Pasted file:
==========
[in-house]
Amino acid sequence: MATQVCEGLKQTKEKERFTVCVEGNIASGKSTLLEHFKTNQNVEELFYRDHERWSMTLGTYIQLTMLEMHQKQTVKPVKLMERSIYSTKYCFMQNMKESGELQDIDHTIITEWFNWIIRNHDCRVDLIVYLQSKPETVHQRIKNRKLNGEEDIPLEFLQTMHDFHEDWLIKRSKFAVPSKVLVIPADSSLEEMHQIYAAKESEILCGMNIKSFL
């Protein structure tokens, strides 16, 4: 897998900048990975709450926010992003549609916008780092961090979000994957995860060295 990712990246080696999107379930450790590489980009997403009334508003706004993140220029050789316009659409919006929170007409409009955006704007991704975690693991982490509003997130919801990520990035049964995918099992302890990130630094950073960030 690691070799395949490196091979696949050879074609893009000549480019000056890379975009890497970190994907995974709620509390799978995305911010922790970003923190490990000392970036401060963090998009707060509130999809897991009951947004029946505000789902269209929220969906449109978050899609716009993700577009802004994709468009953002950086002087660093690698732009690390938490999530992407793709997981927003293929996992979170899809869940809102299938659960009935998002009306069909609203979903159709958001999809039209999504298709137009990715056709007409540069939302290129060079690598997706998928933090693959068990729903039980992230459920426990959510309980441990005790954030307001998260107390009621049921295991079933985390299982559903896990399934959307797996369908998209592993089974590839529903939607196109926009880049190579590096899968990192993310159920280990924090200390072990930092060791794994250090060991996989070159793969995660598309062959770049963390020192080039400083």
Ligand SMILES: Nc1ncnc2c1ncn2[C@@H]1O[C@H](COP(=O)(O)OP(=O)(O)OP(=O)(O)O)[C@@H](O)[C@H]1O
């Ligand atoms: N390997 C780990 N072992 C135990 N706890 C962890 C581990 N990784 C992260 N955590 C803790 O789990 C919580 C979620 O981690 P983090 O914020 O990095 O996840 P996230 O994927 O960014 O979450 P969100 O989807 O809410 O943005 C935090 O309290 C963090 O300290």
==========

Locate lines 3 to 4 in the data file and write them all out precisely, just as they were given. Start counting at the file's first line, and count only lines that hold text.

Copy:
């Protein structure tokens, strides 16, 4: 897998900048990975709450926010992003549609916008780092961090979000994957995860060295 990712990246080696999107379930450790590489980009997403009334508003706004993140220029050789316009659409919006929170007409409009955006704007991704975690693991982490509003997130919801990520990035049964995918099992302890990130630094950073960030 690691070799395949490196091979696949050879074609893009000549480019000056890379975009890497970190994907995974709620509390799978995305911010922790970003923190490990000392970036401060963090998009707060509130999809897991009951947004029946505000789902269209929220969906449109978050899609716009993700577009802004994709468009953002950086002087660093690698732009690390938490999530992407793709997981927003293929996992979170899809869940809102299938659960009935998002009306069909609203979903159709958001999809039209999504298709137009990715056709007409540069939302290129060079690598997706998928933090693959068990729903039980992230459920426990959510309980441990005790954030307001998260107390009621049921295991079933985390299982559903896990399934959307797996369908998209592993089974590839529903939607196109926009880049190579590096899968990192993310159920280990924090200390072990930092060791794994250090060991996989070159793969995660598309062959770049963390020192080039400083």
Ligand SMILES: Nc1ncnc2c1ncn2[C@@H]1O[C@H](COP(=O)(O)OP(=O)(O)OP(=O)(O)O)[C@@H](O)[C@H]1O